Government to offload Saglemi housing project to private developer
The Minister of Works and Housing, Francis Asenso-Boakye (MP), has announced that the government has decided to explore the possibility of selling the Saglemi Housing Project, comprising 1,506 housing units, at the current value to a private sector entity to complete and sell at no further cost to the state.
Proceeds from the sale will come to the state, he says, and be reinvested in the government’s affordable housing programme.
To facilitate the processes, the sector minister said, a technical working team made up of professionals and experts has been set up to oversee and spearhead all engagements required to complete the project.
This, Asenso-Boakye said, is being done with the aim of ensuring transparency and accountability, while guaranteeing value for money in the completion of the project.
The minister made these decisions known at the Minister’s Briefing to update the public and press on recent developments in the works and housing sector, held today in Accra.
The Saglemi Affordable Housing Project was initiated in 2012 for the delivery of 5,000 housing units at a total cost of US$200 million, under an engineering-procurement-contracting (EPC) agreement with Messrs Construtora OAS Ghana Ltd. The original contract was amended three times, in effect reducing the project scope to 1,506 housing units, even though $195,854,969.52 was expended – 98% of the project funds.
That notwithstanding, none of the 1,506 housing units was habitable. The project remains at various stages of completion and lacks basic amenities such as water, electricity and related services.
An interim technical assessment report by the Ghana Institution of Surveyors, carried out in September 2020, valued the total cost of works on site at US$64,982,900.74.
In line with the government’s commitment to forestall further deterioration of the Saglemi scheme, Asenso-Boakye said his ministry has been engaging cabinet, the Ministry of Finance, the Office of the Attorney General and Ministry of Justice on the best viable options to complete the project.
Following a comprehensive assessment of the project, the sector minister disclosed that the government would have to allocate additional financing of approximately $46 million to provide off-site infrastructure such as water, electricity and a storm drain to make the housing units habitable.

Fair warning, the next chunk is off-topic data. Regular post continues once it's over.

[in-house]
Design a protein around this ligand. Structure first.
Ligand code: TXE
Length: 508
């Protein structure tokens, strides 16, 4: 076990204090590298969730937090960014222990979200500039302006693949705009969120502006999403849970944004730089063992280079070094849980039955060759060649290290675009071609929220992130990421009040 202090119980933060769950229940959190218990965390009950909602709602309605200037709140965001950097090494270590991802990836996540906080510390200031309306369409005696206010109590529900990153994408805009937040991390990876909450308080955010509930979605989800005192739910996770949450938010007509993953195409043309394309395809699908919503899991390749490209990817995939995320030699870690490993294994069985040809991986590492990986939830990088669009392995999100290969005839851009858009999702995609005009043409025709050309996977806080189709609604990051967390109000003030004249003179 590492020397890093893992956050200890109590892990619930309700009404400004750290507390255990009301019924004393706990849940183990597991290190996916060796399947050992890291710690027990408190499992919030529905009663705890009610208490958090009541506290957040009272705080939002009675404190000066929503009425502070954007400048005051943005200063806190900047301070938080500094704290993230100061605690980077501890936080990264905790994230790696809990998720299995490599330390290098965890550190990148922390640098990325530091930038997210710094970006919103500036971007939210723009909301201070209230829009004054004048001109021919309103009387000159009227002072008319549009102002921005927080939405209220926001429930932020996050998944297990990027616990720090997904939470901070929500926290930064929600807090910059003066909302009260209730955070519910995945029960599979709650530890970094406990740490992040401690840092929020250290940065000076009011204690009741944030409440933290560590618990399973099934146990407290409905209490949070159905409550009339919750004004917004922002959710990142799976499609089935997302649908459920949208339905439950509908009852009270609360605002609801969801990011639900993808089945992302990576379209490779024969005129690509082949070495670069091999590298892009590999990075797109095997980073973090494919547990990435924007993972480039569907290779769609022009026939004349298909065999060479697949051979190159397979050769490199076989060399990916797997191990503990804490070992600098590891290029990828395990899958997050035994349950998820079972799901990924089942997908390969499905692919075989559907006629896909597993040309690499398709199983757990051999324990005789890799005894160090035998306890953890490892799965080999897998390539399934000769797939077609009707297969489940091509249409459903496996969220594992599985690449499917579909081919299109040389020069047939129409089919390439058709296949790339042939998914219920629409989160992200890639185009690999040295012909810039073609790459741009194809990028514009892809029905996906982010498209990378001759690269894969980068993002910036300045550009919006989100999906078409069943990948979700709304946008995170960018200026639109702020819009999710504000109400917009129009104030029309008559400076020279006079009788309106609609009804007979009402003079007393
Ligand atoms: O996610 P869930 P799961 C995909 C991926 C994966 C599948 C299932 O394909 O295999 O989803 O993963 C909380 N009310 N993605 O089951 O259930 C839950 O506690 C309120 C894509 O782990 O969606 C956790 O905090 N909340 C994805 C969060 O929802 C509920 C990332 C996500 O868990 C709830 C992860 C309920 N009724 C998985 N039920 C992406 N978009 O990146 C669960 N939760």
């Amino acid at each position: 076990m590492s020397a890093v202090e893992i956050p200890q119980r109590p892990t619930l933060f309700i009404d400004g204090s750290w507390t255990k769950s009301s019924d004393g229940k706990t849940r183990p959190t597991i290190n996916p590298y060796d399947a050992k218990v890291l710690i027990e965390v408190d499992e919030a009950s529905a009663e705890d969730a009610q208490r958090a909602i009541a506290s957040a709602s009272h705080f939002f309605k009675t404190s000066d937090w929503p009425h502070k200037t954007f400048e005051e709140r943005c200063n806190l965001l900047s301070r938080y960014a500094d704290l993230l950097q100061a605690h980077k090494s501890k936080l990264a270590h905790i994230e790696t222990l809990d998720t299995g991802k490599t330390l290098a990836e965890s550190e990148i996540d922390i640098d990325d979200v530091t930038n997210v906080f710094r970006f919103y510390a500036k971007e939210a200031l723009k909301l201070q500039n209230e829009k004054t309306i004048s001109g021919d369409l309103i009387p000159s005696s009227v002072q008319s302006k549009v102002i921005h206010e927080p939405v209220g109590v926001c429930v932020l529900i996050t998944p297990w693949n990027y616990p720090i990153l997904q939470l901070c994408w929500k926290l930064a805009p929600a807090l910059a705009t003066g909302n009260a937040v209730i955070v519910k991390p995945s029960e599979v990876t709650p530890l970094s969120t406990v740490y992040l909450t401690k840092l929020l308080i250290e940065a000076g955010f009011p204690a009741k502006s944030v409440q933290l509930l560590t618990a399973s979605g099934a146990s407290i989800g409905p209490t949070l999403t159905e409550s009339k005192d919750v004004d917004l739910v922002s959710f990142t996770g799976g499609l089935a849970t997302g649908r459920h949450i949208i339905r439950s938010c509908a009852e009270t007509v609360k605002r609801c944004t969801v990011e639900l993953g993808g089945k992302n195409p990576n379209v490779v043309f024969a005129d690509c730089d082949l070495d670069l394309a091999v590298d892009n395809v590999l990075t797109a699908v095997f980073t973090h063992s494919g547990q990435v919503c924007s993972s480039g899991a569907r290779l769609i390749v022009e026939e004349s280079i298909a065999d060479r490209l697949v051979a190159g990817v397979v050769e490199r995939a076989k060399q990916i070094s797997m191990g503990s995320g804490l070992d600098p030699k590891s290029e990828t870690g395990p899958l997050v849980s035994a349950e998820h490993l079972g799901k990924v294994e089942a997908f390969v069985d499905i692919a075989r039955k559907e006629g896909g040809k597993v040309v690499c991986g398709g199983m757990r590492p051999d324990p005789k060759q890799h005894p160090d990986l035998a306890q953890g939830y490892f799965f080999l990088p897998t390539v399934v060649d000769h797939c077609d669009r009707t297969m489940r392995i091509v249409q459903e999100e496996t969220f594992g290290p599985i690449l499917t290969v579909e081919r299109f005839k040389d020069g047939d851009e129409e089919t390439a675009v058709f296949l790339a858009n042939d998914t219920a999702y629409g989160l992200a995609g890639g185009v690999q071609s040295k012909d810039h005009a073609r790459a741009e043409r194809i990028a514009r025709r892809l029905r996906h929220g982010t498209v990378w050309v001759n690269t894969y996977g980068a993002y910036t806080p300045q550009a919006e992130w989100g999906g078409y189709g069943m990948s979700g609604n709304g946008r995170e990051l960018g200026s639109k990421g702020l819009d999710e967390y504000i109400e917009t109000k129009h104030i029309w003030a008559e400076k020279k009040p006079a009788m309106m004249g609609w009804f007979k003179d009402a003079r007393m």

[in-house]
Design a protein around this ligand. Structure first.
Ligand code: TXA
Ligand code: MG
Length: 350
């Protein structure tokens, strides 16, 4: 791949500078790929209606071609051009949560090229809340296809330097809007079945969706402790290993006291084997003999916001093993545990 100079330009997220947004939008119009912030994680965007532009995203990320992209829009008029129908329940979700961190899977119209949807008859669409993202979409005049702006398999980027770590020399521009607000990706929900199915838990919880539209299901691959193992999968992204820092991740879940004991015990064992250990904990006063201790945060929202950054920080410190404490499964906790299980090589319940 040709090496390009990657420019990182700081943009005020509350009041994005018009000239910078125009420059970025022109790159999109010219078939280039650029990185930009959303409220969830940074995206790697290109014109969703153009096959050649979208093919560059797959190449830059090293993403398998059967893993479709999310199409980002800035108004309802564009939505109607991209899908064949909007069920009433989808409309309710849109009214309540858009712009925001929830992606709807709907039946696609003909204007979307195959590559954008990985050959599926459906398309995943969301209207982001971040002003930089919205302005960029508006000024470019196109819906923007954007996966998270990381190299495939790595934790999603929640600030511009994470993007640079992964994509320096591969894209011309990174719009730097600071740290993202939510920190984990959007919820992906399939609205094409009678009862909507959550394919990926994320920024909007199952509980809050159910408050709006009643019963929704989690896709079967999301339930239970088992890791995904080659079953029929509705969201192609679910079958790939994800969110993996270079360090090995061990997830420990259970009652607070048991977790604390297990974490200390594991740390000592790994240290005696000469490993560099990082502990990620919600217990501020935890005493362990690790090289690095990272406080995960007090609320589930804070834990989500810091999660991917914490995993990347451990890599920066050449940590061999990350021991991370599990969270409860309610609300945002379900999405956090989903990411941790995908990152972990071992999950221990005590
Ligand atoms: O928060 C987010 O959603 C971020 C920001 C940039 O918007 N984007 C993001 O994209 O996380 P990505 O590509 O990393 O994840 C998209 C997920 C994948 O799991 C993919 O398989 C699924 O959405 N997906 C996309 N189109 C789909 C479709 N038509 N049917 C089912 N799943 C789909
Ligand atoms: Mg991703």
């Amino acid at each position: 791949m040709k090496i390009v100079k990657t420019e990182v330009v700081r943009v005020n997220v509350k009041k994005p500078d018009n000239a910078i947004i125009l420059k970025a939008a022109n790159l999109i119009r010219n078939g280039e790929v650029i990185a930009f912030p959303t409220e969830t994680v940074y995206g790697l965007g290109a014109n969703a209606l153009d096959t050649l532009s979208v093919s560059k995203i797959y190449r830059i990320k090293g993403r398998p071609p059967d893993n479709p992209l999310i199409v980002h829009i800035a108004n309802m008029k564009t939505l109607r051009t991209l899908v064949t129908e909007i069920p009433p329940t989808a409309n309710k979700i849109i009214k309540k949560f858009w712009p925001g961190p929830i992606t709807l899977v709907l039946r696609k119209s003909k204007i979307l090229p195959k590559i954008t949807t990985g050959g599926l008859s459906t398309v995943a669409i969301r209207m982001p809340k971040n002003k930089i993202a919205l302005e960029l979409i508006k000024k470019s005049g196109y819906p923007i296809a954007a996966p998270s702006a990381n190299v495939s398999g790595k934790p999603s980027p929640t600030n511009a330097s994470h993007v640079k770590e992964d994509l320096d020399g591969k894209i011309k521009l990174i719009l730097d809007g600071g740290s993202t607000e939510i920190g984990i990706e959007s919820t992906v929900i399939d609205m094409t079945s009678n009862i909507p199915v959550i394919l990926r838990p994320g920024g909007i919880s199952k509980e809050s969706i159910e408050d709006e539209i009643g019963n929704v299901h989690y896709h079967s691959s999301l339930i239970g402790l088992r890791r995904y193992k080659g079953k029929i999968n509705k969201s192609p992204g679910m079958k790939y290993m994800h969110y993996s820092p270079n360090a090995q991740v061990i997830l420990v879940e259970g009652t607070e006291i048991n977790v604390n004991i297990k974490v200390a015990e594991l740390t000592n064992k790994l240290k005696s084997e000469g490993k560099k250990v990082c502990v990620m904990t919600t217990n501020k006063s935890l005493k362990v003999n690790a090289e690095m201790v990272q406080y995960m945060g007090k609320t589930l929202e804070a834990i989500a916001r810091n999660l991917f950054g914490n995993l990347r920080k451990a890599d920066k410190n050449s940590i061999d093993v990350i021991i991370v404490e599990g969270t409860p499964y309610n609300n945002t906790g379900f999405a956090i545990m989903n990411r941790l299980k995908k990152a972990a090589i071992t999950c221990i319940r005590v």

“Additionally, there is the need to invest approximately US$68 million to complete the buildings, and other essential on-site infrastructure works,” the minister said.
Asenso-Boakye said that, given the huge discrepancies between the state of the project and the funds expended on it, the government no longer intends to sink any more taxpayers’ money into efforts to complete the project.
Robust and sustainable infrastructure
Reiterating the sector ministry’s commitment, however, to ensuring a robust and sustainable development of public works and housing infrastructure, the minister called for greater regard for rules and regulations governing the country’s settlement planning, as well as development control.
At the same time, he admonished Ghanaians to be more intentional in managing their household solid waste.
Touching on the review of the Rent Act 1963 (Act 220) and Rent Control Law 1986 (PNDCL 138), Asenso-Boakye said that cabinet, after extensive engagements on the draft Rent Bill 2022 at its last meeting on 27 October 2022, gave approval for the draft bill and recommended it to Parliament for consideration.
The minister said he believes that Parliament will commence engagements on the bill soon and that the consultation will culminate in the bill’s successful enactment.